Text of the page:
I would love this movie to become the Risky Business or Pump Up the Volume for a generation of small-town Norwegian teens raised on Internet pornography. Even with its opening scene of a nubile young woman masturbating and a main plot point involving a teen boy surprising a not-unwilling girl by poking her thigh with his turtlenecked penis, this is essentially a warm, goofy story of an outsider coming of age, albeit one that takes place in a Norwegian hick town.
When Turn Me On, Dammit! arrived at the Portland International Film Festival in February, it felt far truer and more difficult to assimilate than any of the self-conscious artistic gestures visited upon us by a crop of ironical Greeks and ponderously meditative Thais. The film centers on a very, very horny 15-year-old girl named Alma (played with tender naiveté by amateur actress Helene Bergsholm), who is ostracized with all of adolescence’s wild cruelty after she tells a friend about the aforementioned dick-poking by her love interest, Artur. No one believes her, he denies it, and she descends into a leprous social Coventry, seeking comfort from phone-sex operators while battling her own distracted mother.
In true Nordic filmmaking style, the film maintains a cinema verité ungainliness and mostly natural lighting, which is flat and cold and a bit unforgiving. The town looks equally grim, a place of bus shelters and furtive drinking in parking lots, where parties are held at a municipal youth center.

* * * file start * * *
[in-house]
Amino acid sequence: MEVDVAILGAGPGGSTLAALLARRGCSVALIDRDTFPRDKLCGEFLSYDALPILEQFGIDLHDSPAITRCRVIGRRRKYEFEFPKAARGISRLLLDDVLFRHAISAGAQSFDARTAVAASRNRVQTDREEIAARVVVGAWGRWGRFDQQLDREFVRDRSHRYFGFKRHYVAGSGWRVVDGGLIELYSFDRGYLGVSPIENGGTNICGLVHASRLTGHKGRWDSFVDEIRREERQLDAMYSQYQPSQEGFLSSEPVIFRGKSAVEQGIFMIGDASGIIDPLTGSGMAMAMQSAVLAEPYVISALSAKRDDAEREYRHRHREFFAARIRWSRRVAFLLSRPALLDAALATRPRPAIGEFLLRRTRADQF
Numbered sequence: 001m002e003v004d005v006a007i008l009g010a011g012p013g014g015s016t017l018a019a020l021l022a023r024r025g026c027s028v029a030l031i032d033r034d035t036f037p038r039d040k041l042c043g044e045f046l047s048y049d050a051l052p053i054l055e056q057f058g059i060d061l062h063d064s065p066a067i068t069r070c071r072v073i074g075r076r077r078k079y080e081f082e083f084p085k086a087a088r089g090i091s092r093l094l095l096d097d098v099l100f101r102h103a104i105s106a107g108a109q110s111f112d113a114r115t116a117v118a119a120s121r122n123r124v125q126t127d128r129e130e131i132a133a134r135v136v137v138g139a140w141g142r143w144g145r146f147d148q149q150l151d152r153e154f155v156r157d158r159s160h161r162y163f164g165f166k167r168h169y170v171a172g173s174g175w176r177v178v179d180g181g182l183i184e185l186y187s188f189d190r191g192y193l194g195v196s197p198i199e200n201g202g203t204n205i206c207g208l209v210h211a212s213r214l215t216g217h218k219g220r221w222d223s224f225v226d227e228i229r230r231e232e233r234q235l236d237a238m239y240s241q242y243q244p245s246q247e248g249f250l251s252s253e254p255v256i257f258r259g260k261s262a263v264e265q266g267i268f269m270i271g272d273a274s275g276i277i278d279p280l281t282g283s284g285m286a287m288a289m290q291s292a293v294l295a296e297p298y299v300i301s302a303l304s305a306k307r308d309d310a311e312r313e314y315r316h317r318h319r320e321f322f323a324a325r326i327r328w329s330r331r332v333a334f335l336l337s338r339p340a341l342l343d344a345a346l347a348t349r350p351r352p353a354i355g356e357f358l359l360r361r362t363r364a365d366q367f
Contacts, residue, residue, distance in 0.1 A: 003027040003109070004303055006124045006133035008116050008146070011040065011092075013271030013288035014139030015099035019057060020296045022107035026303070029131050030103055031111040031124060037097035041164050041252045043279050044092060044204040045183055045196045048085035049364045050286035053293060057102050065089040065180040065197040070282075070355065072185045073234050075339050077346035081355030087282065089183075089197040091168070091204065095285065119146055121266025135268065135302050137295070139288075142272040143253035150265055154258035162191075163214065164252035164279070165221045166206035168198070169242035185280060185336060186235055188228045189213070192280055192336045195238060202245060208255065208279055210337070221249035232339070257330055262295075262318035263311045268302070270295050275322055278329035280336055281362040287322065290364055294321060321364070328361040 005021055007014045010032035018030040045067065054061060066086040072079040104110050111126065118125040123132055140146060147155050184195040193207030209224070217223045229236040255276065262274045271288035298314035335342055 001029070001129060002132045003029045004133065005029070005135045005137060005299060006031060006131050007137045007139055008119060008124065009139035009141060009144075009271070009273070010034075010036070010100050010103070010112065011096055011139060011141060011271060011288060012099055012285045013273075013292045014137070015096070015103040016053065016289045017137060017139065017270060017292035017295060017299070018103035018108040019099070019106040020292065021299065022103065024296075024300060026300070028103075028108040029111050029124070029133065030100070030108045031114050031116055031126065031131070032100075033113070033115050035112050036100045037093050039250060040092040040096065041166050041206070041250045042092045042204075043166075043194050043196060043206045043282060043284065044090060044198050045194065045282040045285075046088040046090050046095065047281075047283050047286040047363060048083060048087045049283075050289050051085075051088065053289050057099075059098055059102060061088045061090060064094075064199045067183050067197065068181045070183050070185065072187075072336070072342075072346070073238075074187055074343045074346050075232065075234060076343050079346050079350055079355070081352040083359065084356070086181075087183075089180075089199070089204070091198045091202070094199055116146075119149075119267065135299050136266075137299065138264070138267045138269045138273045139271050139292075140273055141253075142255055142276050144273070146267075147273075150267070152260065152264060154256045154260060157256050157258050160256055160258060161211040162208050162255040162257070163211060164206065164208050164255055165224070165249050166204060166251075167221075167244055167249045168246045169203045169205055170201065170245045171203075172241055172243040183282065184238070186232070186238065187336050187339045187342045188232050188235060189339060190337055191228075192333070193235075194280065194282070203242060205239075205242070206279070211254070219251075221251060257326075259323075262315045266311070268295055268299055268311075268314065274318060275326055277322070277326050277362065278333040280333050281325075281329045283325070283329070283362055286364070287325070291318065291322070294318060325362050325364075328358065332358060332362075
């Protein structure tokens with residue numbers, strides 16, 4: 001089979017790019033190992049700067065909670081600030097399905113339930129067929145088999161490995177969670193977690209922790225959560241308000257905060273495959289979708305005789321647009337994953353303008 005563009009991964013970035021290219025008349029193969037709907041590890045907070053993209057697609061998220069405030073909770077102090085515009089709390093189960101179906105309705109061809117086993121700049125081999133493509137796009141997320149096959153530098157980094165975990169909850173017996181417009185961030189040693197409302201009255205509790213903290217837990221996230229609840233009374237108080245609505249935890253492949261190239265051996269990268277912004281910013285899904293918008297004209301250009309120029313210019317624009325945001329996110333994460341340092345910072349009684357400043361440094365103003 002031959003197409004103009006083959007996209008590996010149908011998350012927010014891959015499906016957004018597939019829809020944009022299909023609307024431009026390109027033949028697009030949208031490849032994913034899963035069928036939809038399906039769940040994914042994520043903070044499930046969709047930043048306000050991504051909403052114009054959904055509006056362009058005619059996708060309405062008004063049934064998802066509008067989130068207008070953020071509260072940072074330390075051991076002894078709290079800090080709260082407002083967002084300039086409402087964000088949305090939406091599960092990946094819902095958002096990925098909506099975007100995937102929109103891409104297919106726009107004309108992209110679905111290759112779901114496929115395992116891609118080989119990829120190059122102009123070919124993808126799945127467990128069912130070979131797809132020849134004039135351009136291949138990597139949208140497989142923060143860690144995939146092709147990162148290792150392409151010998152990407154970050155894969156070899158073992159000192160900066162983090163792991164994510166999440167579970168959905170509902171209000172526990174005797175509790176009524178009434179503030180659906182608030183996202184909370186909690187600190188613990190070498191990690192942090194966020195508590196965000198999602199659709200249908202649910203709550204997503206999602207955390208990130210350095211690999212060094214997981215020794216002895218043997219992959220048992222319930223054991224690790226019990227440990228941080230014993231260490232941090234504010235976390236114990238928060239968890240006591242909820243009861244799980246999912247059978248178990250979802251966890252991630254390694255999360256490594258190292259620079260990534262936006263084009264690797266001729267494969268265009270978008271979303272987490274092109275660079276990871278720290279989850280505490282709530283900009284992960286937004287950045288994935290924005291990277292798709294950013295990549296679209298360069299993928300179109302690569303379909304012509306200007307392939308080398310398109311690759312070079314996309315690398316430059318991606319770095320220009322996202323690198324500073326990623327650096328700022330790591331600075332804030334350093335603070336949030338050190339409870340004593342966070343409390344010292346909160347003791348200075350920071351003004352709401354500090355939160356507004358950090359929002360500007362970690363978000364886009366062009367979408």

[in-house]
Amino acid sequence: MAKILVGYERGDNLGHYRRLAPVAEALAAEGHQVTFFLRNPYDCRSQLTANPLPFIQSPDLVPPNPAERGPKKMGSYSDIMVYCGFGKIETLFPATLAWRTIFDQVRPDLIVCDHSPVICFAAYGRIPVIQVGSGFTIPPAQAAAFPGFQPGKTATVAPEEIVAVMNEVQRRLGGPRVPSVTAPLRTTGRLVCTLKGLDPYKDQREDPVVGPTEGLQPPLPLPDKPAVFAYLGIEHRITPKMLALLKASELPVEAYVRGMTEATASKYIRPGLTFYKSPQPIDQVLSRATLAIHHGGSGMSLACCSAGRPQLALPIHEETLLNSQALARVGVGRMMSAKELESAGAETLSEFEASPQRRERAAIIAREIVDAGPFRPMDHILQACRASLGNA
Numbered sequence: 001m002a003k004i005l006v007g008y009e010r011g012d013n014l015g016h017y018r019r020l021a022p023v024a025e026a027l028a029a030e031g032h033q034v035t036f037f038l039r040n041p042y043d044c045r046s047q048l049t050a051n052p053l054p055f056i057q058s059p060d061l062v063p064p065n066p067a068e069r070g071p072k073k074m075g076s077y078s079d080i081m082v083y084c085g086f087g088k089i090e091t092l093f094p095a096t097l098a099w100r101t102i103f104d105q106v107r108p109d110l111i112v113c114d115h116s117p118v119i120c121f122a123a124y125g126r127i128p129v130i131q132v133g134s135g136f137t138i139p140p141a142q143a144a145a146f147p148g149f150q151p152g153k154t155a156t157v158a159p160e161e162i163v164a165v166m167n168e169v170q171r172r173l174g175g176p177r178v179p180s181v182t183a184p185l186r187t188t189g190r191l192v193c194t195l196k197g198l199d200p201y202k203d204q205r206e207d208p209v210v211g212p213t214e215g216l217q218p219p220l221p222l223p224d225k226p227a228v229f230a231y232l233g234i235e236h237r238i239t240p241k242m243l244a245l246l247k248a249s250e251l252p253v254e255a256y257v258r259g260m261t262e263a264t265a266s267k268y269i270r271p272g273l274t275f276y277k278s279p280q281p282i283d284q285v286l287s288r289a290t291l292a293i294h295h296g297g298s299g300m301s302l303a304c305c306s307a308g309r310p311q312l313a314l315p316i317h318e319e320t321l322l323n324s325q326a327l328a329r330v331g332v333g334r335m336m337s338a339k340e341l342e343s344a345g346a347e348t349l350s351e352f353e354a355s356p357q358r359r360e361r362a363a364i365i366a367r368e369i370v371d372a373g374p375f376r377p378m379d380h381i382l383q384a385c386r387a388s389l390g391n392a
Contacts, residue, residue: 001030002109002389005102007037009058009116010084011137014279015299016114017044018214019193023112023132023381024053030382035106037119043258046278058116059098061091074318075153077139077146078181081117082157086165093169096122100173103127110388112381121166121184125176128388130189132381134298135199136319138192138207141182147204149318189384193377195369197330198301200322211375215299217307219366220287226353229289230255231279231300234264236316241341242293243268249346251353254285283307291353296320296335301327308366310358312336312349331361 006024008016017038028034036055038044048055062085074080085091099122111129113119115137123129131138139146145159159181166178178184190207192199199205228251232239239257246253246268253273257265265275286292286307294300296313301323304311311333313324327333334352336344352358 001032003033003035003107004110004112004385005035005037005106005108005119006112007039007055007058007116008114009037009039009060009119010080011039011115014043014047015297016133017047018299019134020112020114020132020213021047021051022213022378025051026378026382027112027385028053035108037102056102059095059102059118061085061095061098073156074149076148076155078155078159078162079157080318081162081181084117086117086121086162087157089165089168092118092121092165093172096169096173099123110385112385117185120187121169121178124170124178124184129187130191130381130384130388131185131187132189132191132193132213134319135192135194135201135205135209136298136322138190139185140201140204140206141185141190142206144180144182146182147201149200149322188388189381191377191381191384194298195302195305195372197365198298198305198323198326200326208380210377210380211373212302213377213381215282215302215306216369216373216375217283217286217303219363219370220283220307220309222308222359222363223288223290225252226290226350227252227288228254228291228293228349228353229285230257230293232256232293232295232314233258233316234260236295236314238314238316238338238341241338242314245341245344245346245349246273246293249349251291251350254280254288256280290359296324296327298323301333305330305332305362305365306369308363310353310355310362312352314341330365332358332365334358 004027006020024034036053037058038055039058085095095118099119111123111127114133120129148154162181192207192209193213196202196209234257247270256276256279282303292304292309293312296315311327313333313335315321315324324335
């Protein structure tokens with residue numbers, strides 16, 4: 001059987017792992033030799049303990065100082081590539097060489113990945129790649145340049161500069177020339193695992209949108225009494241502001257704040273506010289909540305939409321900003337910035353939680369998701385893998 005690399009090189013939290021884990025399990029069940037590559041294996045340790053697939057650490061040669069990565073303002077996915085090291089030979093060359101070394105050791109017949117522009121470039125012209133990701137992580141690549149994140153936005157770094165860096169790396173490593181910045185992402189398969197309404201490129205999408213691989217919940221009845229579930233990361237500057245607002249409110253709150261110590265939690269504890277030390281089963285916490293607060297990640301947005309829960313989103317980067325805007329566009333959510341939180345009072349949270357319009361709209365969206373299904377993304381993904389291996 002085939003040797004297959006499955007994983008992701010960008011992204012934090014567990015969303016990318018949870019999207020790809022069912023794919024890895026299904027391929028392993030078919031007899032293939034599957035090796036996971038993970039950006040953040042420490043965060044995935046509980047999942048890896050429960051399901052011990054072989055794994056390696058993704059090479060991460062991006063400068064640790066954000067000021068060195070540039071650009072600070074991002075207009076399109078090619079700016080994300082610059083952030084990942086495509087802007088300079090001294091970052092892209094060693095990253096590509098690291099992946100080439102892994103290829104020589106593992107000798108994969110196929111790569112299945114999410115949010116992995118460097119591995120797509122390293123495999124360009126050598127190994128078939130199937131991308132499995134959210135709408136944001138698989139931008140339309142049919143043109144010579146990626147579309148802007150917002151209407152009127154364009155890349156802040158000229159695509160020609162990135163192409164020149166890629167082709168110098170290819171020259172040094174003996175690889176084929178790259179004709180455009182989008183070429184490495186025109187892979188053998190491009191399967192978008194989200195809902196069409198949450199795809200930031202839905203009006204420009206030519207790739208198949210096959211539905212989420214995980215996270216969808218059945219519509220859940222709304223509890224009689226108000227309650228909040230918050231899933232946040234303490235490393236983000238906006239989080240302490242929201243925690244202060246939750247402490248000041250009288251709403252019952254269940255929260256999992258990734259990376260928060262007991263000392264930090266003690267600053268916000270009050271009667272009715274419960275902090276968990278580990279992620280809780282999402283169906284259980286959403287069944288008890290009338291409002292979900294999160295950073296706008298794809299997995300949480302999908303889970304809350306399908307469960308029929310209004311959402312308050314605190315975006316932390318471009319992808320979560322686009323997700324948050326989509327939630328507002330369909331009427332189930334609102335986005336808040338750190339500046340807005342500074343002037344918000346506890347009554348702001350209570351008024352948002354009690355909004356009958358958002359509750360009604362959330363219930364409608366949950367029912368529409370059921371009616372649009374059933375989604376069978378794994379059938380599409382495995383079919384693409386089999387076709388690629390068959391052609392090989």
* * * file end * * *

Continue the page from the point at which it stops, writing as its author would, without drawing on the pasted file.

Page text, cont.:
But, you know what? Small-town adolescence actually is grim, and deeply funny, and mostly badly improvised by a pack of nervous idiots with social-adjustment issues and a tendency to blow the world wildly out of proportion. So kids go to stupid lengths to get a joint, consider bad hygiene a political statement and throw up in the weeds when they drink too much vodka. Mom dates the boss at the turnip plant and they wear matching jackets. Such is life.
The deadpan filming style makes these quirks feel small and human. The film’s got a beating heart, and never seems to exploit teen sex for anything but sympathy. The bawdiness and awkwardness all read largely true until the too-pat ending, which seems more at home in the smooth-polished ’80s of director John Hughes than it does amid kids who spent the whole film cruelly appending a penis to the main character’s name. But I didn’t mind. Even the Norwegians need a little sunshine, sometimes.
Critic’s Grade: A-
SEE IT: Turn Me On, Dammit! opens Friday at Living Room Theaters.